TriCom Technical Services

Repost: How To Write an I.T. Resume

In Advice, help, Interview, Interviewing, IT, jobs, resumes, review on July 28, 2011 at 11:01 am

I’ve had to format a lot of resumes in the last few weeks, and I think it’s time we revisit this post. Please heed this advice when writing your next resume!

If looking for a job is a full-time job, then writing a resume is like working double-overtime. Remembering all your important information and organizing it in a legible fashion can be extremely time consuming. Here are some tips on how to write your I.T. resume.

Know your stuff. Be sure you have information about the places you’ve worked, the positions you worked, the dates in which you worked there (month included), and the details of each job. You’d also better have a list of your certifications (if you have them) and a list of any training sessions you’ve attended.

Bullet points. Using bullet points rather than paragraph style makes your resume easier to read. This method allows the reader to quickly scan your resume rather than getting lost in huge paragraphs, thus losing interest in your resume.

Start with a bang. Each bullet point should start with an active verb. The words “does/did” and “works/worked” are boring! Use exciting, descriptive words to illustrate each point you make, like “Installed and maintained software on 1000+ computers,” or ” Directed the overall program management to ensure compliance with contractual regulations.”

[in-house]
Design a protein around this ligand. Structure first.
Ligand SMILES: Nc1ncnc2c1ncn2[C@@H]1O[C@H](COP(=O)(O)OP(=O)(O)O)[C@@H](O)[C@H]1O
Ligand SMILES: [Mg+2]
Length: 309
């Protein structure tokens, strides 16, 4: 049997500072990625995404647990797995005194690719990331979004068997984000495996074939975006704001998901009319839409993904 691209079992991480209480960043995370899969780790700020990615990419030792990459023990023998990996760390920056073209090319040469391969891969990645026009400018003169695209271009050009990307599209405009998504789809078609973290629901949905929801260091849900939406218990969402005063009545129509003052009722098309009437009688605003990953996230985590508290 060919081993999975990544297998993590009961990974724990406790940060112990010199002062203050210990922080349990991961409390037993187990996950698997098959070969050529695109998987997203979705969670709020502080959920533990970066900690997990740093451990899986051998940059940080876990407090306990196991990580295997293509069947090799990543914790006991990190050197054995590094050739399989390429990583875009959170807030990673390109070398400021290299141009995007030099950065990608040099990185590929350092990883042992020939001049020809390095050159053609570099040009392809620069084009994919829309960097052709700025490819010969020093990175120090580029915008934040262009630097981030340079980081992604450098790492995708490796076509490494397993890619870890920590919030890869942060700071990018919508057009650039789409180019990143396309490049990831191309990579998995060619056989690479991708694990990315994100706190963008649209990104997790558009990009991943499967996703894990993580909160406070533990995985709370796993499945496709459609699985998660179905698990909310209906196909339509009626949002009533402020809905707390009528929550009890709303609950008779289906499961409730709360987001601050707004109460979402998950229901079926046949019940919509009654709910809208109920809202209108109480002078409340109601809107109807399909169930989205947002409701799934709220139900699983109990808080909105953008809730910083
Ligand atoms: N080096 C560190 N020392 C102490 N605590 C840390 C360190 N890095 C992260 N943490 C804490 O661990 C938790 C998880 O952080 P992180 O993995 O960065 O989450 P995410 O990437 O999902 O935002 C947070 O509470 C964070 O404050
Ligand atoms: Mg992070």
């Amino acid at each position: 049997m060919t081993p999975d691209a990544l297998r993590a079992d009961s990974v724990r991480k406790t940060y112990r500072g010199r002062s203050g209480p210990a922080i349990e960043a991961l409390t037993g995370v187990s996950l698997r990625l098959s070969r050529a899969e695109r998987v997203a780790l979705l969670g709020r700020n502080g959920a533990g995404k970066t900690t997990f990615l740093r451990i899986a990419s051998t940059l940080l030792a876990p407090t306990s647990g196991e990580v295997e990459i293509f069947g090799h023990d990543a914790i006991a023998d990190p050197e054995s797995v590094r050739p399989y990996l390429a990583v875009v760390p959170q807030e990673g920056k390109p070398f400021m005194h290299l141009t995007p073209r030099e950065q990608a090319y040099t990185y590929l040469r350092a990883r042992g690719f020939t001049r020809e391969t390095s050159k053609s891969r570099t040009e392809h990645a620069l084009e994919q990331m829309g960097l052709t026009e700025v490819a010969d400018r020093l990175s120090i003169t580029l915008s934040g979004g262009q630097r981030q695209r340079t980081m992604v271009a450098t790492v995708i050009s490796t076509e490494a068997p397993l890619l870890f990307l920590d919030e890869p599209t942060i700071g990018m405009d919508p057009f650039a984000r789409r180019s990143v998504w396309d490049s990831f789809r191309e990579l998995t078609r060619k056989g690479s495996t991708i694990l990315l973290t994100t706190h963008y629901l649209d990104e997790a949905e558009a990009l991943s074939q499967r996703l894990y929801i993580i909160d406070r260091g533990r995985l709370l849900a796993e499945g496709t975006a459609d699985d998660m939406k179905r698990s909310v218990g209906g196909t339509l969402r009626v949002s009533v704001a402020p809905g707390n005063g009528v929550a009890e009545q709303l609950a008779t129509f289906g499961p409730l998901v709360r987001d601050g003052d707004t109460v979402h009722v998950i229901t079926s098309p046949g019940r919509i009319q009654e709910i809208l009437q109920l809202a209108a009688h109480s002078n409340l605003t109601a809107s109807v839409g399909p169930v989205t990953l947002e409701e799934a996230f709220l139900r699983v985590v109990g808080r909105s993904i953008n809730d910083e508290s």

Include a summary. This is your 2 minute elevator pitch. If you’re looking for a job, you’d better have one. This is the first thing interviewers will see on your resume after your name and contact information. You’ll need to give a very brief synopsis of your experience, including the number of years of experience and skills you have related to the position you apply for, and other professional qualities you might have that relate to key terms in the job description.

Watch your grammar. Grammar is insanely important when writing your resume.

First – never write in 1st person (using “I” and “me”). Standard resumes are written in 3rd person, using he, she, it, etc. In most cases it’s actually beneficial to leave out these pronouns all together.
Second – always spell check the finished document.
Third – before you submit your resume anywhere, be sure to read it over to yourself. Spell check doesn’t always catch everything, especially with tech jargon.

Get organized. Your professional experience should be written in chronological order. That means your most current position should be listed at the top. Here’s how we categorize our resumes:

  • Name and contact info
  • Summary
  • Technical Qualifications
  • Certifications
  • Professional Experience
  • Education
  • Training

K.I.S.S. Keep It Simple, Silly! The more complicated your resume, the higher the chances are to confuse your reader. Things like text boxes, frilly borders, and self photos are a no-no!

Take a look at your resume – does it follow these guidelines? If not, it’s time to freshen it up!


Leave a Reply

Fill in your details below or click an icon to log in: Logo

You are commenting using your account. Log Out /  Change )

Google+ photo

You are commenting using your Google+ account. Log Out /  Change )

Twitter picture

You are commenting using your Twitter account. Log Out /  Change )

Facebook photo

You are commenting using your Facebook account. Log Out /  Change )

Connecting to %s

%d bloggers like this: